Back in the day, The X-Files used sci-fi to tell what was in its essence a romantic literary tale. It was about a quest for a mythical Holy Grail. Suddenly, it’s lost sight of that idealized adventure and it thinks we’ll be satisfied with pure sci-fi. We’re not.
Or perhaps it hasn’t lost sight of it, it just realized that it’s impossible to continue the quest without its resident knight errant: Mulder. The show has to change into something more suited to new leads Doggett and Reyes.
Whether it wants to change or has no choice, I do wish it would evolve into something compelling. This Super Soldier plot isn’t it.
It’s hard to be gripped by an episode when you already know that the premise of the plot is a lie. We established way back in “Deadalive” (8×15) that whatever these new villains are, they’re alien in origin. Could there be more to the mystery of them? I hope so. But that’s the bottom line.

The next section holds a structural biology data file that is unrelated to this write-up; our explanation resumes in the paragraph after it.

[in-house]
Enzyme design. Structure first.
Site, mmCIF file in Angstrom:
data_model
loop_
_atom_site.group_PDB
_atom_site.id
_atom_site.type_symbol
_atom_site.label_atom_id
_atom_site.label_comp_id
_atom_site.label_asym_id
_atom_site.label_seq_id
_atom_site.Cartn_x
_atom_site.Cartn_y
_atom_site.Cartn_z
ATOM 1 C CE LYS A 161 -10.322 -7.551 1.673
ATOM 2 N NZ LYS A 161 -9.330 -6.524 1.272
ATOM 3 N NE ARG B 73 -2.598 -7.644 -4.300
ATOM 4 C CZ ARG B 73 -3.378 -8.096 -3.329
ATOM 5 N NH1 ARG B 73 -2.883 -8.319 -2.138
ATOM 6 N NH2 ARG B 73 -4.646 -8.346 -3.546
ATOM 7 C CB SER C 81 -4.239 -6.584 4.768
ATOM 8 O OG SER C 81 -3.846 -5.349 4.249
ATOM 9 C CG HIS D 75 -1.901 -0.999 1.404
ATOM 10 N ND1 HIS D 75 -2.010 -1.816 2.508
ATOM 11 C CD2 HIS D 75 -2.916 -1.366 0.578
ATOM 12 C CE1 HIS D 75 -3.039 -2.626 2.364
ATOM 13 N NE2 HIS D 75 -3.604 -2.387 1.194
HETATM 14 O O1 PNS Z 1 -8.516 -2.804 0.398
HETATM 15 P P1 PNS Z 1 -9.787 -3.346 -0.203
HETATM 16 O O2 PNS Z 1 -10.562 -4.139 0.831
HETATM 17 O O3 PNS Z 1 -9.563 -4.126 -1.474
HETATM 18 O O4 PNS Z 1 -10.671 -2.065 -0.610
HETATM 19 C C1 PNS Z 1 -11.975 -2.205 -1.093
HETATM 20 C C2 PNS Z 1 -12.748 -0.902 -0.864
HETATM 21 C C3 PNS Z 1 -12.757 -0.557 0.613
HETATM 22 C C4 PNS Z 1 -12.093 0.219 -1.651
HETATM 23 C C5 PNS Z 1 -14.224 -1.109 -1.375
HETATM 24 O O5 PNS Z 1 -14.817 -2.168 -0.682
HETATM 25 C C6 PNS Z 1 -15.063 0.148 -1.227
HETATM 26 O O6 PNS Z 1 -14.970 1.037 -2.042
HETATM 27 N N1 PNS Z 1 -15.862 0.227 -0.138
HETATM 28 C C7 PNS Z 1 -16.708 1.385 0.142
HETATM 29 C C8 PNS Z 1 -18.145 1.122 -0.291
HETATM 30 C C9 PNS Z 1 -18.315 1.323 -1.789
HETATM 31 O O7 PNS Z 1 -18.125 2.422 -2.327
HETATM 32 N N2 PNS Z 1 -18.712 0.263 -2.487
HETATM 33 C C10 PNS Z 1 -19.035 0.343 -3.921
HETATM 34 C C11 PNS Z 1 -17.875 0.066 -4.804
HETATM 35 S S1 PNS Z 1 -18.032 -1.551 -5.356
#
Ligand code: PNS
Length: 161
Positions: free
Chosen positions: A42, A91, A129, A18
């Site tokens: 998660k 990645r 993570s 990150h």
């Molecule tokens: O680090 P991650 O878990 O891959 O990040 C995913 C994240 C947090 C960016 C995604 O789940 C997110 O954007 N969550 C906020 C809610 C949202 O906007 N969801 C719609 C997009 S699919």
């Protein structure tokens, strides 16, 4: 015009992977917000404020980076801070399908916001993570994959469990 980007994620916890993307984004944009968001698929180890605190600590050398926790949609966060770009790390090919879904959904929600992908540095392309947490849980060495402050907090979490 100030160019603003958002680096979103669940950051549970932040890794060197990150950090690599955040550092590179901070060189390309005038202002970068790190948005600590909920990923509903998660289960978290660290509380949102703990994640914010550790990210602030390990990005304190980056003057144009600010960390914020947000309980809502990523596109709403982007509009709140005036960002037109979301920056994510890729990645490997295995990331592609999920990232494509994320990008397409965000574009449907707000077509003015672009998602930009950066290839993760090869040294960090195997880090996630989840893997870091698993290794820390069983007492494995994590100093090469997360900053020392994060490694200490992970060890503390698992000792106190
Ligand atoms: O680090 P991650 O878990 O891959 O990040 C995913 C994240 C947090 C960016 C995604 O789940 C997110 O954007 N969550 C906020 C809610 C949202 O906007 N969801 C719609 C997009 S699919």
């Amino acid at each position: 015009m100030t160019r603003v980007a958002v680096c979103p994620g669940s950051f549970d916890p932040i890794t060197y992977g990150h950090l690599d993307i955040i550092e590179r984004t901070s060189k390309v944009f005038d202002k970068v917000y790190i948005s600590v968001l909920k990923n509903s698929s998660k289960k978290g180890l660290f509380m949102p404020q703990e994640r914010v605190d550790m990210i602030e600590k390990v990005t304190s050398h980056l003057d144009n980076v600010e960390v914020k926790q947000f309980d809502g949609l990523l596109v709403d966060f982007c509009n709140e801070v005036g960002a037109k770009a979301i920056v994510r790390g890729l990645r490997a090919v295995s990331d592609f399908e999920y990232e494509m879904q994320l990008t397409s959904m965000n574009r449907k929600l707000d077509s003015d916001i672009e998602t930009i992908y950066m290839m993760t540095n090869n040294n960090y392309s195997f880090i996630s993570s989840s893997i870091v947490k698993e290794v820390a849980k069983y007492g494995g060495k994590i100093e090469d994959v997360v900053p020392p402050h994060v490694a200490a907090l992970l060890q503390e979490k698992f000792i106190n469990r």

I love The X-Files, but sometimes it can waste too much time on obvious misleads. I was down with it in Season 5. It’s wearing thin now. It’s not misleading if you’ve warned us it’s not the truth.
That said, I don’t have the complete disdain that some fans seem to have for the Super Soldiers storyline. It’s too convoluted for me to know if I should hate it or not.
From what little I can gather, what’s being hinted at here is that our little William is a Super Soldier in the making. That’s right. Between his mother’s manipulated ova and the chloramine in the water, William is on his way to becoming a regular Billy Miles.
And there should be and are other Williams out there, because this program of priming the population to breed natural born Super Soldiers is widespread. That’s why Carl Wormus and Roland McFarland had to die in Part 1. They were whistleblowers who were about to expose the program. And that’s why Shannon McMahon ingratiates herself to Doggett here in Part 2, because she believes he can lead her to who the last whistleblower is.
It just so happens that man is the captain of a ship that mainly stays out at sea, a ship that human ova experiments are being conducted on. Shannon McMahon and Knowle Rohrer appear to know that there’s someone on the ship about to betray the project, but not who it is. This whole complex plan of theirs that spreads over two episodes was designed to flush him out.